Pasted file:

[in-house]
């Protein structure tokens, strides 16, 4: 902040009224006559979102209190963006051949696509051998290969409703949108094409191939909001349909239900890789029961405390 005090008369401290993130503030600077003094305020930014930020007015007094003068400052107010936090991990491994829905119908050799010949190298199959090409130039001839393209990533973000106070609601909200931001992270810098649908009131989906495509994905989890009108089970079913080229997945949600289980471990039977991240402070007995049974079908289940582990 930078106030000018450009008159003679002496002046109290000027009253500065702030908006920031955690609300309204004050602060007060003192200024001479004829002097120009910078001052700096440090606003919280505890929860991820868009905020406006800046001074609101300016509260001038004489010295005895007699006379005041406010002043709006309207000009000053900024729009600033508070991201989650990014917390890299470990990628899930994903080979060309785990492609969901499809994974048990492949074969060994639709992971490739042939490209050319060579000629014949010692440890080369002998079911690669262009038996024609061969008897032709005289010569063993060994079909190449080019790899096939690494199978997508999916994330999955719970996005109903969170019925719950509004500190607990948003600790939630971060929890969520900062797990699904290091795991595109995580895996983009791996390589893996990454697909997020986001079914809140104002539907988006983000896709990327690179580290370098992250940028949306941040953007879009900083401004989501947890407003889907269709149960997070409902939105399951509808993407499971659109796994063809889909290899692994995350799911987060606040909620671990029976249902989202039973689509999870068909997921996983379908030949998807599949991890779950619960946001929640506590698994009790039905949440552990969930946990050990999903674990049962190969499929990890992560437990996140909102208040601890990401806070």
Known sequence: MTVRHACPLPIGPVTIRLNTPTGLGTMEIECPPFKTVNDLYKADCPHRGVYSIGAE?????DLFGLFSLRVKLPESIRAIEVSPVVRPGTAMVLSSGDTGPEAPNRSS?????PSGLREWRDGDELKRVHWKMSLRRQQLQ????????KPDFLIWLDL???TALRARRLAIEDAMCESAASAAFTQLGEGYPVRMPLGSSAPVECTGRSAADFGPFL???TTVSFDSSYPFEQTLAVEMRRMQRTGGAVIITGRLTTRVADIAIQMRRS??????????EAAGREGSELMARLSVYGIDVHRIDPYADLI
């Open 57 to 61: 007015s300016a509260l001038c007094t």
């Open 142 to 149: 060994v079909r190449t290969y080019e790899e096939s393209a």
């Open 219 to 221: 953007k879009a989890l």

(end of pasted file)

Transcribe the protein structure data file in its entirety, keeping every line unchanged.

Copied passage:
[in-house]
């Protein structure tokens, strides 16, 4: 902040009224006559979102209190963006051949696509051998290969409703949108094409191939909001349909239900890789029961405390 005090008369401290993130503030600077003094305020930014930020007015007094003068400052107010936090991990491994829905119908050799010949190298199959090409130039001839393209990533973000106070609601909200931001992270810098649908009131989906495509994905989890009108089970079913080229997945949600289980471990039977991240402070007995049974079908289940582990 930078106030000018450009008159003679002496002046109290000027009253500065702030908006920031955690609300309204004050602060007060003192200024001479004829002097120009910078001052700096440090606003919280505890929860991820868009905020406006800046001074609101300016509260001038004489010295005895007699006379005041406010002043709006309207000009000053900024729009600033508070991201989650990014917390890299470990990628899930994903080979060309785990492609969901499809994974048990492949074969060994639709992971490739042939490209050319060579000629014949010692440890080369002998079911690669262009038996024609061969008897032709005289010569063993060994079909190449080019790899096939690494199978997508999916994330999955719970996005109903969170019925719950509004500190607990948003600790939630971060929890969520900062797990699904290091795991595109995580895996983009791996390589893996990454697909997020986001079914809140104002539907988006983000896709990327690179580290370098992250940028949306941040953007879009900083401004989501947890407003889907269709149960997070409902939105399951509808993407499971659109796994063809889909290899692994995350799911987060606040909620671990029976249902989202039973689509999870068909997921996983379908030949998807599949991890779950619960946001929640506590698994009790039905949440552990969930946990050990999903674990049962190969499929990890992560437990996140909102208040601890990401806070």
Known sequence: MTVRHACPLPIGPVTIRLNTPTGLGTMEIECPPFKTVNDLYKADCPHRGVYSIGAE?????DLFGLFSLRVKLPESIRAIEVSPVVRPGTAMVLSSGDTGPEAPNRSS?????PSGLREWRDGDELKRVHWKMSLRRQQLQ????????KPDFLIWLDL???TALRARRLAIEDAMCESAASAAFTQLGEGYPVRMPLGSSAPVECTGRSAADFGPFL???TTVSFDSSYPFEQTLAVEMRRMQRTGGAVIITGRLTTRVADIAIQMRRS??????????EAAGREGSELMARLSVYGIDVHRIDPYADLI
């Open 57 to 61: 007015s300016a509260l001038c007094t």
């Open 142 to 149: 060994v079909r190449t290969y080019e790899e096939s393209a």
């Open 219 to 221: 953007k879009a989890l």